Here’s (hopefully) a nice way of saying it:

“Since I believe the scriptures teach X, Y, Z, I don’t believe I can stay here with a good conscience and I don’t want to be seen as divisive, since a lot of what gets preached, I don’t find myself in agreement with anymore. I’m not saying the people here aren’t Christians at all – we just disagree on some things Biblically and that puts a bit of a problem in the way in terms of fellowship, since we fundamentally approach certain things from different theological assumptions. Therefore, I want to respectfully withdraw my membership from this assembly.”

Why leave ? Simple. The type of growth you experience is directly tied to the type of preaching you sit under. Reformed theology has consequences for Christian living in every area of life. It is meant to not simply be “a few things I choose to believe” or even “a few things I believe because the Bible teaches them” or even “stuff related to salvation”, but an entire worldview. It is MUCH larger than simply “the five points”. You will not get that full worldview-level preaching sitting in the church you are currently in anymore than a child playing on the beach will get an idea of how deep the ocean is by staying on the beach and simply looking at it from a distance.

8. Read more Bible than reformed authors (but read reformed authors). Reformed authors are good for getting ahold of how exegesis and application should work. J.I. Packer is no substitute for Paul. J.I. Packer may help you understand Paul a bit better, as Packer (who is about to turn 90) has been walking with the Lord and dealing with hard passages of scripture longer than you (and probably your parents) have been alive. But nothing will beat the Holy Spirit working to renew your mind as He opens the text of scripture up to you while you read it.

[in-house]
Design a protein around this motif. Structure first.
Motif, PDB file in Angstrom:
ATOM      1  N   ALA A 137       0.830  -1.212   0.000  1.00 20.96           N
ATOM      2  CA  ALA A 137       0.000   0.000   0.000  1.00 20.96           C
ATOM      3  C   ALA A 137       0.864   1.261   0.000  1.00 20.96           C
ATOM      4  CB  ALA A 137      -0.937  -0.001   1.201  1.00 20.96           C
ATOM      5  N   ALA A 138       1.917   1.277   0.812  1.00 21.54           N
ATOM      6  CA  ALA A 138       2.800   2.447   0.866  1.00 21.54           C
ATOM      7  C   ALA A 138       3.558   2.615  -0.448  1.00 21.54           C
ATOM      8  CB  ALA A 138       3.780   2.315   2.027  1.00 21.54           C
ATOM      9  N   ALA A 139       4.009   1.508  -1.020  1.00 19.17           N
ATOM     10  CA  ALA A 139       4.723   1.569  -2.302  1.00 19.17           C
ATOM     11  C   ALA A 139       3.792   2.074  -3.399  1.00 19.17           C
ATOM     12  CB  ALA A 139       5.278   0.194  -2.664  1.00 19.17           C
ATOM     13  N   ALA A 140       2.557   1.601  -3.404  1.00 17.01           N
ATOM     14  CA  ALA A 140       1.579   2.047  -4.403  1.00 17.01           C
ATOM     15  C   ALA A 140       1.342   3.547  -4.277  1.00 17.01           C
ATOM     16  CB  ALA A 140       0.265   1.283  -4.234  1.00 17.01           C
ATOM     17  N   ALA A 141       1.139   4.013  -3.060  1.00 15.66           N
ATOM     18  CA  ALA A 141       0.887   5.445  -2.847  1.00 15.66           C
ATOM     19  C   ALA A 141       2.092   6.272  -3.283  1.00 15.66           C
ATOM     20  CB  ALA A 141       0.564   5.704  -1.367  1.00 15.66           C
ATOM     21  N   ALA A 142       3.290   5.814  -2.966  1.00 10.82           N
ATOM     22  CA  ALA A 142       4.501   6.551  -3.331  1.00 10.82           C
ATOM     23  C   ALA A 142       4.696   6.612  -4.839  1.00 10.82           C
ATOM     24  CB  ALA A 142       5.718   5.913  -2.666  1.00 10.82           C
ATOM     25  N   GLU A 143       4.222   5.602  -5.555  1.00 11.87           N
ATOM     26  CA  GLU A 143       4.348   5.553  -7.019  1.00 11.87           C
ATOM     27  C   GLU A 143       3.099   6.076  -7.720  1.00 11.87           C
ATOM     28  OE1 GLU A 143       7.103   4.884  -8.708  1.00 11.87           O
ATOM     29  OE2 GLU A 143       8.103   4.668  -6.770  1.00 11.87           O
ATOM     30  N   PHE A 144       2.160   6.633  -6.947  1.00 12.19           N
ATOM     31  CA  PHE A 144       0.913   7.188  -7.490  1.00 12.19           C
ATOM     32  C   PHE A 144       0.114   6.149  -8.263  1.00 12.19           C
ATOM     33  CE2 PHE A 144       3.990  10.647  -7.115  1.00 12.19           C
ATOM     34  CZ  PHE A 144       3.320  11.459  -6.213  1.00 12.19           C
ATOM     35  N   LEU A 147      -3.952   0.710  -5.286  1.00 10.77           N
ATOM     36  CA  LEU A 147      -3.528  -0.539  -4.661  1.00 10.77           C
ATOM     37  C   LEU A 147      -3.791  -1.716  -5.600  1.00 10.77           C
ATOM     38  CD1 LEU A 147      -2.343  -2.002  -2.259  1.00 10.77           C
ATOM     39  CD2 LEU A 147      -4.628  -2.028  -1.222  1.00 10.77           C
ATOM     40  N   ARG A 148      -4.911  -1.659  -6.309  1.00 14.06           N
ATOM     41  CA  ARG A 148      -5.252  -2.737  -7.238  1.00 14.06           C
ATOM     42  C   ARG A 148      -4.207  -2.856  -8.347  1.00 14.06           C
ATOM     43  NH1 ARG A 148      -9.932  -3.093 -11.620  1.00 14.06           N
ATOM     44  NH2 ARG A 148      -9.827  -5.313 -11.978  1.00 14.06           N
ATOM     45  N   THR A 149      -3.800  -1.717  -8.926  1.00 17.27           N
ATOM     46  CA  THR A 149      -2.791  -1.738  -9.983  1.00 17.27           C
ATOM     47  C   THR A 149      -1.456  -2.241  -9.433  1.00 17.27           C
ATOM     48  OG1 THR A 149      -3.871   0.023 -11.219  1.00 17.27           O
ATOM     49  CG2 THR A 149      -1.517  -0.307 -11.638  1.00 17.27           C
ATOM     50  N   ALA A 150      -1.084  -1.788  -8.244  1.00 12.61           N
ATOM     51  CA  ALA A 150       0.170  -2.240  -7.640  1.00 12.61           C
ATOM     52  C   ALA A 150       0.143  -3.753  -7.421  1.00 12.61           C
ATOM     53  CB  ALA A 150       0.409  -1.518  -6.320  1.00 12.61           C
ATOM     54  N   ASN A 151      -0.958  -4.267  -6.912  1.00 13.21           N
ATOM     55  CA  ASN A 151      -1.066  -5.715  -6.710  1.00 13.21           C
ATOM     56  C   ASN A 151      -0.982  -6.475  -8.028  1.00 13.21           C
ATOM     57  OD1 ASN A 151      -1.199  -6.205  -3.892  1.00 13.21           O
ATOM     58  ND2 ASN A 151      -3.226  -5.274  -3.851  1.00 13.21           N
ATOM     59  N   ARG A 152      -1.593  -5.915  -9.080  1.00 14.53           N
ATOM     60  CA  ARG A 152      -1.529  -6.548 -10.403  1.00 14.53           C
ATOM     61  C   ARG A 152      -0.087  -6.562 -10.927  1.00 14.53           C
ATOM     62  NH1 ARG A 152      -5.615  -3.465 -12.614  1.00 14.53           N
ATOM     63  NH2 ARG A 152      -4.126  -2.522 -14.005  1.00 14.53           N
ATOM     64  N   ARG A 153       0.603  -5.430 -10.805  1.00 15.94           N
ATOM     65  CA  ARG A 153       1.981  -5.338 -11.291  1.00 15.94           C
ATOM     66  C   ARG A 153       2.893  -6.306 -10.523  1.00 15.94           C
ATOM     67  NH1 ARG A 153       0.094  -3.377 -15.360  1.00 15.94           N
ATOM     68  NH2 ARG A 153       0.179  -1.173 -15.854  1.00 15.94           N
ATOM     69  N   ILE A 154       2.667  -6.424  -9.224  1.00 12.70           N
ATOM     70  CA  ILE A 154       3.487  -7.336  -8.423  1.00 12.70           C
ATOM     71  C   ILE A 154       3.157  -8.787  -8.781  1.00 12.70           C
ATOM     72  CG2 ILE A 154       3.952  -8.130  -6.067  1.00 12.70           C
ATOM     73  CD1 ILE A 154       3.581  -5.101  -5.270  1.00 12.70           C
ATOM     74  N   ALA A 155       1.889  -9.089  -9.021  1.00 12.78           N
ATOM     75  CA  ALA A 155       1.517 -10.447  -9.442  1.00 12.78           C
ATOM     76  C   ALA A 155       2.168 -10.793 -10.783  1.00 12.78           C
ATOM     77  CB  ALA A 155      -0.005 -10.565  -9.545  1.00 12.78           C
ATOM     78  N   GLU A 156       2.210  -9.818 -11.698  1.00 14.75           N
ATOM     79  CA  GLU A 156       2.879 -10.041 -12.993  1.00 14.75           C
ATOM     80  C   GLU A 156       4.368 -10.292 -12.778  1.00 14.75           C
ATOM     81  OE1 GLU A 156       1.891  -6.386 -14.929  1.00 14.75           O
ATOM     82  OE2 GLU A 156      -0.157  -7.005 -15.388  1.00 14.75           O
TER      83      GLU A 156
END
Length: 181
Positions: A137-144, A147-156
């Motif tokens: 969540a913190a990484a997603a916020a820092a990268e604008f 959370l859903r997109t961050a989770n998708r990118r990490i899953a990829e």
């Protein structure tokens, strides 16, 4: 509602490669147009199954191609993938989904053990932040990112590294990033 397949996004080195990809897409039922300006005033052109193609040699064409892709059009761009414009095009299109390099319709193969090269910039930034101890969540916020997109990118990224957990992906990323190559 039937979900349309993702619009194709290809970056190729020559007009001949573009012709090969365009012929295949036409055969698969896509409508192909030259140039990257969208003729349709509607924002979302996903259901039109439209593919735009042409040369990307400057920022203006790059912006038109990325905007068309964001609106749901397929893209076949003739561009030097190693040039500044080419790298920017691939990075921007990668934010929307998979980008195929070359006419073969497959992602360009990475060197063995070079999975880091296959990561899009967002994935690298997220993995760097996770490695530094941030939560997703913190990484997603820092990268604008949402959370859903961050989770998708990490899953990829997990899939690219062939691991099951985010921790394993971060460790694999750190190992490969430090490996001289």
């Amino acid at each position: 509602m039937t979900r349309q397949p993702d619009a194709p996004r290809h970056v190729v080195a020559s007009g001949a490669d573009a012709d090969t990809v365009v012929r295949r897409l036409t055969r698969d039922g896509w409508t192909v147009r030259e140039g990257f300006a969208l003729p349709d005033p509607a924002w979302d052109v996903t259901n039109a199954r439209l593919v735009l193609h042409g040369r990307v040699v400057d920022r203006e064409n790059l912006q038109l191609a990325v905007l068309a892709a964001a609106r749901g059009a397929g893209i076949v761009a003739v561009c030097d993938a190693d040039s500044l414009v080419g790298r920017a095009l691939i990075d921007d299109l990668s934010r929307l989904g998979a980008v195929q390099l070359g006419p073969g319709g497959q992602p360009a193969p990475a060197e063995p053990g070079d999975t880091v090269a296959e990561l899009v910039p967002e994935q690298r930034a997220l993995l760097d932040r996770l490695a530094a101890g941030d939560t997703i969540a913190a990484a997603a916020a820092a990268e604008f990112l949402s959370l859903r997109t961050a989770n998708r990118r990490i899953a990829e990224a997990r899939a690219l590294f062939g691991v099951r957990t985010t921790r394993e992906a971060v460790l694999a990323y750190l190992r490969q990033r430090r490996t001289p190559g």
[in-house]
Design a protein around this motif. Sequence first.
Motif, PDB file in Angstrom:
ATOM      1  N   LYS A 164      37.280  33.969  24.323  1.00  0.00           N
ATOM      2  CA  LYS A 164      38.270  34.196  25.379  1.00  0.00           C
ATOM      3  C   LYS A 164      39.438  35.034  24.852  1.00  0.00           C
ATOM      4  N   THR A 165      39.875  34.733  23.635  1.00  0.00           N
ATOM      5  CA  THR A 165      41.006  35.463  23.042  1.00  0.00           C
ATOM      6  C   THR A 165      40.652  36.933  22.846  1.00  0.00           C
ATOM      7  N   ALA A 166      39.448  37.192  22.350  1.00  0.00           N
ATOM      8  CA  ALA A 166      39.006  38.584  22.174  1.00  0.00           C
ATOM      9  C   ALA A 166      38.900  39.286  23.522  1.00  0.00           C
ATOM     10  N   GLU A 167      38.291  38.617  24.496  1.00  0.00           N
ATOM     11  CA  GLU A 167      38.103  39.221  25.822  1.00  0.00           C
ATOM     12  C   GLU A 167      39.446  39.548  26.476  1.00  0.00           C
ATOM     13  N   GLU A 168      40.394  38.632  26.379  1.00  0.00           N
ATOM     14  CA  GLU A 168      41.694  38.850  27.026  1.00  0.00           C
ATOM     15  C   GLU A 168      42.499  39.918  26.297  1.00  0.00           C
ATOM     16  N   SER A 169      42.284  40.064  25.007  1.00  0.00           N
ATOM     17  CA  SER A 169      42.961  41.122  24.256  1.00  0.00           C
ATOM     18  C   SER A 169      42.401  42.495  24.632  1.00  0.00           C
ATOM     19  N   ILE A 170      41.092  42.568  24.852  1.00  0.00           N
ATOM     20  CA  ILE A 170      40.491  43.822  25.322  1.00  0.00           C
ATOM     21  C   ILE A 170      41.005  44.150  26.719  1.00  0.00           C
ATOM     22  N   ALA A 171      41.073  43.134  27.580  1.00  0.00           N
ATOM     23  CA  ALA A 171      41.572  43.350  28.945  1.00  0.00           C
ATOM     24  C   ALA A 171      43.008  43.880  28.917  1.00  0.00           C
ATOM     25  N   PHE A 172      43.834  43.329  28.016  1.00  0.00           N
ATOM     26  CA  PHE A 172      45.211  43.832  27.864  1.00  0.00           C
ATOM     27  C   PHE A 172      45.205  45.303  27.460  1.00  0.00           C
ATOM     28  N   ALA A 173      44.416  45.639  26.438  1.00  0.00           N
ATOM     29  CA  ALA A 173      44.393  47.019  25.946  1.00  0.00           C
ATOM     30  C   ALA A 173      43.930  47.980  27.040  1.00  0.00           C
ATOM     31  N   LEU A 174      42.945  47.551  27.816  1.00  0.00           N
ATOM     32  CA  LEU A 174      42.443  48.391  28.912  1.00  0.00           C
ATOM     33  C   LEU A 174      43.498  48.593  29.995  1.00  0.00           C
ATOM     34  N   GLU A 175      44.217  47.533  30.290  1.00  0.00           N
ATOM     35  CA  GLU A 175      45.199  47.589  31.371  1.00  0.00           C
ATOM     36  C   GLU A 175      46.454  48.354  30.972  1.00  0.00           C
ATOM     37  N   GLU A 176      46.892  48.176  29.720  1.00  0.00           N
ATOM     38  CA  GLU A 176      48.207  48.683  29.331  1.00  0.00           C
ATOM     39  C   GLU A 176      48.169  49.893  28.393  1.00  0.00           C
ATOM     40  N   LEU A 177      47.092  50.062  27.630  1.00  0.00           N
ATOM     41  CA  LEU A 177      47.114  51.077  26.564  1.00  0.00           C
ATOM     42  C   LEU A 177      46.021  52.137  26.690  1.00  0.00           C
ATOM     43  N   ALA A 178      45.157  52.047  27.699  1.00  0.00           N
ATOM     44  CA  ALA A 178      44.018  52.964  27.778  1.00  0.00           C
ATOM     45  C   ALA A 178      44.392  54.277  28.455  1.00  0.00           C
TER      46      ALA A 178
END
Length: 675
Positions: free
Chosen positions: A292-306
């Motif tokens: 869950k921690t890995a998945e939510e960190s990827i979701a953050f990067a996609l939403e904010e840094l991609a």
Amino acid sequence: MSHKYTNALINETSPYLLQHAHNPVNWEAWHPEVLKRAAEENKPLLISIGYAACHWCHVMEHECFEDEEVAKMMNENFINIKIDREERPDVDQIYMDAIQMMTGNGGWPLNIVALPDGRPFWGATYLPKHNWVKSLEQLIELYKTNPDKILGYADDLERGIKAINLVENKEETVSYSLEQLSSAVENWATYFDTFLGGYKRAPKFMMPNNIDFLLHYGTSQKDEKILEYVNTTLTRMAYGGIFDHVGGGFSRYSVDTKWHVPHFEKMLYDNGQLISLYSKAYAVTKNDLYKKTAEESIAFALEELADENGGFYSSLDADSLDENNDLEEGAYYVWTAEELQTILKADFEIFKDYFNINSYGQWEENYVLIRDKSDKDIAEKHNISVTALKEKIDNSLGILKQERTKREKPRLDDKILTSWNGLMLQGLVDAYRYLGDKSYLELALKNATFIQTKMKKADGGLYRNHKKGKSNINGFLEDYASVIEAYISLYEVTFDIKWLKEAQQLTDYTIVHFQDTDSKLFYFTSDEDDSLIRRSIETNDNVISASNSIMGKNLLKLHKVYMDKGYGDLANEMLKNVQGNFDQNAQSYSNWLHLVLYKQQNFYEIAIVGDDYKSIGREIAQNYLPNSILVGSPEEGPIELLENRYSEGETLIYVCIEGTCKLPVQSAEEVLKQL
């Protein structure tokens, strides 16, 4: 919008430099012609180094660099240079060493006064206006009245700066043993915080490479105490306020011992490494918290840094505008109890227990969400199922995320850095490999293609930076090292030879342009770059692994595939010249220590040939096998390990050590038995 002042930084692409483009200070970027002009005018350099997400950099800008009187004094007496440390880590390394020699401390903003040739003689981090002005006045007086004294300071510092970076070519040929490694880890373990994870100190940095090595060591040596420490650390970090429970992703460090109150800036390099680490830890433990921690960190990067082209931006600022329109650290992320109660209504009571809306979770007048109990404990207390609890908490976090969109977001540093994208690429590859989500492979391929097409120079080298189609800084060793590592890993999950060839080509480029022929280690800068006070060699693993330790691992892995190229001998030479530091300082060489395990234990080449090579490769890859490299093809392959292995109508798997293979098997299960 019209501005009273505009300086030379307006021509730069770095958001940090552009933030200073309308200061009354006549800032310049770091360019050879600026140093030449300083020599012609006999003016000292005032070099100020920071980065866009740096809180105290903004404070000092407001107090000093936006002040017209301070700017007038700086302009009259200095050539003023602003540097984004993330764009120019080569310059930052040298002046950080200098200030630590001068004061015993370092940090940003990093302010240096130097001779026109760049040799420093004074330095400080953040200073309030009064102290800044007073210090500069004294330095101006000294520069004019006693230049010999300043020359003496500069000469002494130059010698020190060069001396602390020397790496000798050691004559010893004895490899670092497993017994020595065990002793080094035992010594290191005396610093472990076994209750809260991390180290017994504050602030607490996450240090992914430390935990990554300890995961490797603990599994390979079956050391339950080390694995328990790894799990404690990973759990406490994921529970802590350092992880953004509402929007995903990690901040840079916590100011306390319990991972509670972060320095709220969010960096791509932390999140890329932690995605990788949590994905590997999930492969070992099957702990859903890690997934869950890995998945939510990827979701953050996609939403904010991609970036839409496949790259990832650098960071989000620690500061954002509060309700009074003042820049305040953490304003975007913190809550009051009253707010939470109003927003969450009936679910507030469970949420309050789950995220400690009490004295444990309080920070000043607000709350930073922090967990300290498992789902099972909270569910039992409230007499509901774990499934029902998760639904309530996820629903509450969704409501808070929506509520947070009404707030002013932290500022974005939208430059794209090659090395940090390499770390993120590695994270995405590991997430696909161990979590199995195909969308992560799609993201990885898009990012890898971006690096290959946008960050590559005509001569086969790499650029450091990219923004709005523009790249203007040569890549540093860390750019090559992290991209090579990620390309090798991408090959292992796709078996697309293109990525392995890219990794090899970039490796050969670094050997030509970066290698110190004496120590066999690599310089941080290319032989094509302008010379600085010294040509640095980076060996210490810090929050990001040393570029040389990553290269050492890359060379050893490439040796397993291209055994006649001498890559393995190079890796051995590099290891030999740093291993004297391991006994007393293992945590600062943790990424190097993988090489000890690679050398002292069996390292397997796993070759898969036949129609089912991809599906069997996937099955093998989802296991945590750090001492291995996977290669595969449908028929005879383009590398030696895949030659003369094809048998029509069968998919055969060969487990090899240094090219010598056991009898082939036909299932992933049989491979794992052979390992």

9. Learn from older brothers and sisters in the faith. Learn from older writings (read Calvin, not just Piper and Sproul – see the second half of #8), learn from older brothers and sisters in the church (see #7). The Mark Driscolls of the world come and go. Driscoll’s arrogance at correction from men like MacArthur came back to bite later when it was shown that every single criticism men like MacArthur had against him was true. Beware the arrogance of ‘youth’. Better yet, beware the arrogance of ‘we need to hear something relating to now, not what people did yesterday’ (as if humanity has changed fundamentally). If you aren’t teachable, you’ll become hardened, argumentative and arrogant very quickly.

10. Realize that every true believer is reformed at heart. If you press hard enough and long enough, any true believer will affirm:

– Christ saved me, not just made me ‘savable’.
– It was God who orchestrated events in my life to bring me to a point of realizing my need for salvation.
– No, I suppose that if I was left to myself without God keeping me, I’d probably walk right into hell.
– Yes, at some level, I understand that God is indeed guiding all aspects of my life, though I don’t exactly understand how and ultimately I know that my life is truly and completely in His hands.